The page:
Chertoff's hesitation and Bush's creation of a task force both appear to contradict the National Response Plan and previous presidential directives that specify what the secretary of homeland security is assigned to do without further presidential orders. The goal of the National Response Plan is to provide a streamlined framework for swiftly delivering federal assistance when a disaster—caused by terrorists or Mother Nature—is too big for local officials to handle.
Dana Perino, a White House spokeswoman, referred most inquiries about the memo and Chertoff's actions to the Department of Homeland Security.
"There will be an after-action report" on the government's response to Hurricane Katrina, Perino said. She added that "Chertoff had the authority to invoke the Incident of National Significance, and he did it on Tuesday."
Perino said the creation of the White House task force didn't add another bureaucratic layer or delay the response to the devastating hurricane. "Absolutely not," she said. "I think it helped move things along." When asked whether the delay in issuing the Incident of National Significance was to allow Bush time to return to Washington, Perino replied: "Not that I'm aware of."
Russ Knocke, a spokesman for the Department of Homeland Security, didn't dispute that the National Response Plan put Chertoff in charge in federal response to a catastrophe. But he disputed that the bureaucracy got in the way of launching the federal response.
"There was a tremendous sense of urgency," Knocke said. "We were mobilizing the greatest response to a disaster in the nation's history."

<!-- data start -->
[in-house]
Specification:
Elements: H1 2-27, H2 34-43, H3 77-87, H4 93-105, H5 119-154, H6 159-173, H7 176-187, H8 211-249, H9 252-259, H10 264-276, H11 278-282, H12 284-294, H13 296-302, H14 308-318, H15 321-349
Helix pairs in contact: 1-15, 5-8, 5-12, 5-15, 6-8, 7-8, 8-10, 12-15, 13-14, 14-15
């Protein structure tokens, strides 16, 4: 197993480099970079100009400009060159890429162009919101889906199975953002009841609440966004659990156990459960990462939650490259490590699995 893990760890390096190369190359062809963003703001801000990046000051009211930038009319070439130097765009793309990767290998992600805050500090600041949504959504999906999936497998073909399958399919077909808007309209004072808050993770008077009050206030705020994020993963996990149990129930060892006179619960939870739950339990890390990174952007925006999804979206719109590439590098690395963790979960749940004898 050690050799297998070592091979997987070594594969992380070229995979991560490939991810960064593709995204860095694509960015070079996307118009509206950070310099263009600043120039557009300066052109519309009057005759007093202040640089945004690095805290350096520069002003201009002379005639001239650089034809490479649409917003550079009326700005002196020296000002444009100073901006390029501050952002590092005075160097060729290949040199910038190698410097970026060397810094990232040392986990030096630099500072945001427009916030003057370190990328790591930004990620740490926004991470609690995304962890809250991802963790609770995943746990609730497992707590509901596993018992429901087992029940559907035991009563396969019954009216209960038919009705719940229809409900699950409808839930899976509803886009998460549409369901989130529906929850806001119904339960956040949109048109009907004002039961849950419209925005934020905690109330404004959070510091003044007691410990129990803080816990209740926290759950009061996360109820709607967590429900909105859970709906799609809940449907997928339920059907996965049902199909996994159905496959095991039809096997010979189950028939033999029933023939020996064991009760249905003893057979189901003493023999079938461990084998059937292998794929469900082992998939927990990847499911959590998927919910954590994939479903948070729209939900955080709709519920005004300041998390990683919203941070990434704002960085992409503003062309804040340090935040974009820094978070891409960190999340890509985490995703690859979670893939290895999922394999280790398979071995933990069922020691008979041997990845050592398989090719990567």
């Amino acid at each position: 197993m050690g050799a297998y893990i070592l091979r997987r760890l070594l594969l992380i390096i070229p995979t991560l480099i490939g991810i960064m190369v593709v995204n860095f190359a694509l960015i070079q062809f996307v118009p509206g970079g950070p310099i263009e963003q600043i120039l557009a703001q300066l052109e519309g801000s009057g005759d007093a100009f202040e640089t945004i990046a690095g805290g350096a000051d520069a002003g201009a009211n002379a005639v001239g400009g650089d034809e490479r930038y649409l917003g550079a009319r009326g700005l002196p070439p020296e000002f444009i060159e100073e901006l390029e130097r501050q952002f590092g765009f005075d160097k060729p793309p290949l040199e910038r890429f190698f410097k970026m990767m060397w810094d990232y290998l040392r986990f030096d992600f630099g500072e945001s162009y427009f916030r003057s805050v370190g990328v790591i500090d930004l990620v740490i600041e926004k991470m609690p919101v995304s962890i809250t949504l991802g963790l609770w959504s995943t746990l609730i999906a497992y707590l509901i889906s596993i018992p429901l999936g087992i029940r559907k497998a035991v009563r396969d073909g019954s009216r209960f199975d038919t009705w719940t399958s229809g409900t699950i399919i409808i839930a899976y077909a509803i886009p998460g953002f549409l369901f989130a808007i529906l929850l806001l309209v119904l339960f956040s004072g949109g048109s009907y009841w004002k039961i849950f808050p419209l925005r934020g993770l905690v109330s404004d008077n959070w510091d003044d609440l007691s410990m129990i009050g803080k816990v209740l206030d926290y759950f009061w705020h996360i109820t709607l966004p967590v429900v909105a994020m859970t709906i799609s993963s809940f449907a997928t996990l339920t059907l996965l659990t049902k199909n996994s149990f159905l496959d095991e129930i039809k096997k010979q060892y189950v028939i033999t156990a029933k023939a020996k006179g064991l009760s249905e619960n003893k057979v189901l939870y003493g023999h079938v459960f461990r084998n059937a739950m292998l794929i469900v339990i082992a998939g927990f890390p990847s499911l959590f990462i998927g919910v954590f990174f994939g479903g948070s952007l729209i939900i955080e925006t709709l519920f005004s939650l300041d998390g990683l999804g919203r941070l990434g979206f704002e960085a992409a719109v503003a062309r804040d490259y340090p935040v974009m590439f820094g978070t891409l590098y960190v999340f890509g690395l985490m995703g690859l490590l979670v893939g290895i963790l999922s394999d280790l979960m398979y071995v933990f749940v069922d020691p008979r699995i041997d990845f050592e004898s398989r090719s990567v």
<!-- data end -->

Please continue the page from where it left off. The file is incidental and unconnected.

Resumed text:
Knocke noted that members of the Coast Guard were already in New Orleans performing rescues and FEMA personnel and supplies had been deployed to the region.
The Department of Homeland Security has refused repeated requests to provide details about Chertoff's schedule and said it couldn't say specifically when the department requested assistance from the military. Knocke said a military liaison was working with FEMA, but said he didn't know his or her name or rank. FEMA officials said they wouldn't provide information about the liaison.
Knocke said members of almost every federal agency had already been meeting as part of the department's Interagency Incident Management Group, which convened for the first time on the Friday before the hurricane struck. So it would be a mistake, he said, to interpret the memo as meaning that Tuesday, Aug. 30 was the first time that members of the federal government coordinated.
The Chertoff memo indicates that the response to Katrina wasn't left to disaster professionals, but was run out of the White House, said George Haddow, a former deputy chief of staff at FEMA during the Clinton administration and the co-author of an emergency management textbook.
"It shows that the president is running the disaster, the White House is running it as opposed to Brown or Chertoff," Haddow said. Brown "is a convenient fall guy. He's not the problem really. The problem is a system that was marginalized."
A former FEMA director under President Reagan expressed shock by the inaction that Chertoff's memo suggested. It showed that Chertoff "does not have a full appreciation for what the country is faced with—nor does anyone who waits that long," said Gen. Julius Becton Jr., who was FEMA director from 1985-1989.